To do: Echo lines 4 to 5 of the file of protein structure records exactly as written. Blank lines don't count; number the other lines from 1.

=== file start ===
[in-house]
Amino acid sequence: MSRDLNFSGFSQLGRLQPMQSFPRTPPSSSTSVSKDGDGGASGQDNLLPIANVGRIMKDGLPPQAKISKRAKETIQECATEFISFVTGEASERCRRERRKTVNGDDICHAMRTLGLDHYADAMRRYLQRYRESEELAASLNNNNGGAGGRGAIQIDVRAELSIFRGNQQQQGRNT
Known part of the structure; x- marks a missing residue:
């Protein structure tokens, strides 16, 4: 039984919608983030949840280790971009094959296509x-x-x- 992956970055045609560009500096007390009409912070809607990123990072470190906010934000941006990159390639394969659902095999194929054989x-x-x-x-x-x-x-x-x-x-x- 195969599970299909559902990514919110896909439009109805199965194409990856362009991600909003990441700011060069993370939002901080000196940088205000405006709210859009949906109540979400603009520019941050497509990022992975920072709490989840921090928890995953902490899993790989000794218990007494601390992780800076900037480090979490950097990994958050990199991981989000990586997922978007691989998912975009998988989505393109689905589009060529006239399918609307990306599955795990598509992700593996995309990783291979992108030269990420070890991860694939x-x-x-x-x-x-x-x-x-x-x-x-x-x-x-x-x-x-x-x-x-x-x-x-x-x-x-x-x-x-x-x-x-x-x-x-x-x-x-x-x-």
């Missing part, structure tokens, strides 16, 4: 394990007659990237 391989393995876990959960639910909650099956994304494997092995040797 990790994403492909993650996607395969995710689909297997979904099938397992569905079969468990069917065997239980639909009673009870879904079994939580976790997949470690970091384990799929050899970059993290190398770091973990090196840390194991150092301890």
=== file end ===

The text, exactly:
């Protein structure tokens, strides 16, 4: 039984919608983030949840280790971009094959296509x-x-x- 992956970055045609560009500096007390009409912070809607990123990072470190906010934000941006990159390639394969659902095999194929054989x-x-x-x-x-x-x-x-x-x-x- 195969599970299909559902990514919110896909439009109805199965194409990856362009991600909003990441700011060069993370939002901080000196940088205000405006709210859009949906109540979400603009520019941050497509990022992975920072709490989840921090928890995953902490899993790989000794218990007494601390992780800076900037480090979490950097990994958050990199991981989000990586997922978007691989998912975009998988989505393109689905589009060529006239399918609307990306599955795990598509992700593996995309990783291979992108030269990420070890991860694939x-x-x-x-x-x-x-x-x-x-x-x-x-x-x-x-x-x-x-x-x-x-x-x-x-x-x-x-x-x-x-x-x-x-x-x-x-x-x-x-x-």
């Missing part, structure tokens, strides 16, 4: 394990007659990237 391989393995876990959960639910909650099956994304494997092995040797 990790994403492909993650996607395969995710689909297997979904099938397992569905079969468990069917065997239980639909009673009870879904079994939580976790997949470690970091384990799929050899970059993290190398770091973990090196840390194991150092301890």